I recently watched a BBC4 Storyville documentary by Carne Ross called “The Accidental Anarchist: Life without Government” (23/07/17). I’m very grateful, the film “blew my mind” as the saying goes. It blew open the doors to seeing that maybe globally we are on the verge of a transition from old fashioned ‘hierarchical democracy’ with its roots in the middle ages and beyond, into non-hierarchical or ‘anarchistic democracy’. I find this profoundly exciting.

It corresponds to my understanding of human nature around how people are fundamentally good and self-repairing. We all need a bit of help from time to time, but the impetus within us is so strongly towards health, towards growth and autonomy and freedom. What holds us back are often all the legacies of authoritarianism, of power and control which created, and still creates, so much of the trauma in society. From this come all sorts of internalised de-powering shoulds and oughts and insecurities and self-restrictions.

Our old-fashioned hierarchical democracy in many ways still embodies the pre-democratic structures of power and wealth. Everything is top down and designed for control. This is still the legacy of kings, of the aristocracy and religion, it is still the legacy of the privileged selfishly hanging onto wealth and power by controlling people through violence. Still the legacy from “people are born evil and have to be made good”. That people cannot be trusted and will turn all to chaos and violence and degeneration if left to their own devices. This is a profoundly patronising and entropic view of human nature, which I am sure is not true. Life and human consciousness are not entropic, it is trauma and its consequences that causes the appearance of this at times. But trauma can be, and is being healed, and the freer society is, the more it can support this. It is clear to me how hierarchical perspectives are quite simply becoming more and more untenable to post-modern consciousness, to people re-claiming their freedom. It is amazing to suddenly see so clearly how the old perspectives are crumbling before our eyes.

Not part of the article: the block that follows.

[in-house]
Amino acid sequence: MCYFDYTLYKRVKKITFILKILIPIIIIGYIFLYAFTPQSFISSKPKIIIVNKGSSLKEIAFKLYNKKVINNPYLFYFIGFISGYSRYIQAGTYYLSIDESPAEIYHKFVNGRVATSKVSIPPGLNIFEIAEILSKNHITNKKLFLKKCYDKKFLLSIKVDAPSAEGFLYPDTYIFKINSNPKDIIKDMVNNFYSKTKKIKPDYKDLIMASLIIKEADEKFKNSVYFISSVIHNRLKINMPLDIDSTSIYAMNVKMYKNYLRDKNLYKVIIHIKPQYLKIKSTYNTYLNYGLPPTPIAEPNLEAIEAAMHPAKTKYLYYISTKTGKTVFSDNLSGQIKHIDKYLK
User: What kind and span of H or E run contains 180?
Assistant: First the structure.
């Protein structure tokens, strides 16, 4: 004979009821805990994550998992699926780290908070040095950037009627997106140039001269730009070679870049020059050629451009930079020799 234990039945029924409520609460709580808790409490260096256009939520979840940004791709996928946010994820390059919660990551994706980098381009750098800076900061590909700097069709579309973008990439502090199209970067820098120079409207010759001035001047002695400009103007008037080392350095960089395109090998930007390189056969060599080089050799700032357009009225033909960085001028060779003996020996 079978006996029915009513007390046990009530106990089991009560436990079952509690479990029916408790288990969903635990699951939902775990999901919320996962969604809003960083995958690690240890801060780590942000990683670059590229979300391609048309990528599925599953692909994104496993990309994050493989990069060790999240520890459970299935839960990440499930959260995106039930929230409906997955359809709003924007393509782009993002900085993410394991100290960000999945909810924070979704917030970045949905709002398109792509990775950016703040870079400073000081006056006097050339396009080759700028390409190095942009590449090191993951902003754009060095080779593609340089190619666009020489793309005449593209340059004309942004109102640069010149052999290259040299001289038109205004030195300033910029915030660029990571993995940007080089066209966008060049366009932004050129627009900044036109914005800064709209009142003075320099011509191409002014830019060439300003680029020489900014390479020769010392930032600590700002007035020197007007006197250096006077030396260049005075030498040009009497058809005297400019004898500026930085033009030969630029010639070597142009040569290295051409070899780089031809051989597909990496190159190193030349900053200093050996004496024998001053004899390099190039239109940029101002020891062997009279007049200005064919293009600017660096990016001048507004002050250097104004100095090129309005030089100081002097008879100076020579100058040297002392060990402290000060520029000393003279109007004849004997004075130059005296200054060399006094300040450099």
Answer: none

This film argues for, and shows, that it is possible for us to trust human beings to organise ourselves in healthy and creative ways. Real democracy is so near, we just need to stop believing in top-down power and then suddenly “the emperor has absolutely no clothes”. Local community action can take power away from the centre so quickly and easily in the right conditions and circumstances.

Institutions can transform and the ones that are ripest for this, it seems to me, are state run institutions, especially schools. Schools are surely some of the craziest and most anachronistically dictatorial structures in our society. How do we expect our children to blossom in such madness? Teachers and pupils could just turn around and say we are going to change this school into a democracy and just do it. What an exciting and creative education might then be possible, showing children how real democracy can work. Much of the stupid hierarchical pressures of control through testing and leagues tables could be let go of. Who would care where such a school was in the league tables if it was buzzing with fun and creativity and learning how to learn, rather than the emotional and intellectual straightjackets of the present arrangements. Teachers enjoying their work, pupils really engaged … “heavens forbid!”.

Schools are perfect because property ownership is not such an issue and they are to some extent self-contained units. Universities are also good candidates but more difficult because less localised, hospitals would be trickier but surely not impossible. Police service, prisons and armed services are also ripe for change. But the heart of change though is surely within local communities. This needs a re-visioning of local government structures, as for example what has been happening with Frome town council. Local government can be transformed by local engagement and activism fed by the creativity that comes with taking back power from centralised control. Local communities taking back control of looking after those in need within it, sorting out local problems, local power generation(?), finding ways to support creativity and connection. Online networks are already forging the way, with the net ready and able to scale things up and share best practice.

Power is energy! By re-claiming or taking power, we gain energy. The inner and outer are intimately connected, each effects the other, and we obviously need to attend to both.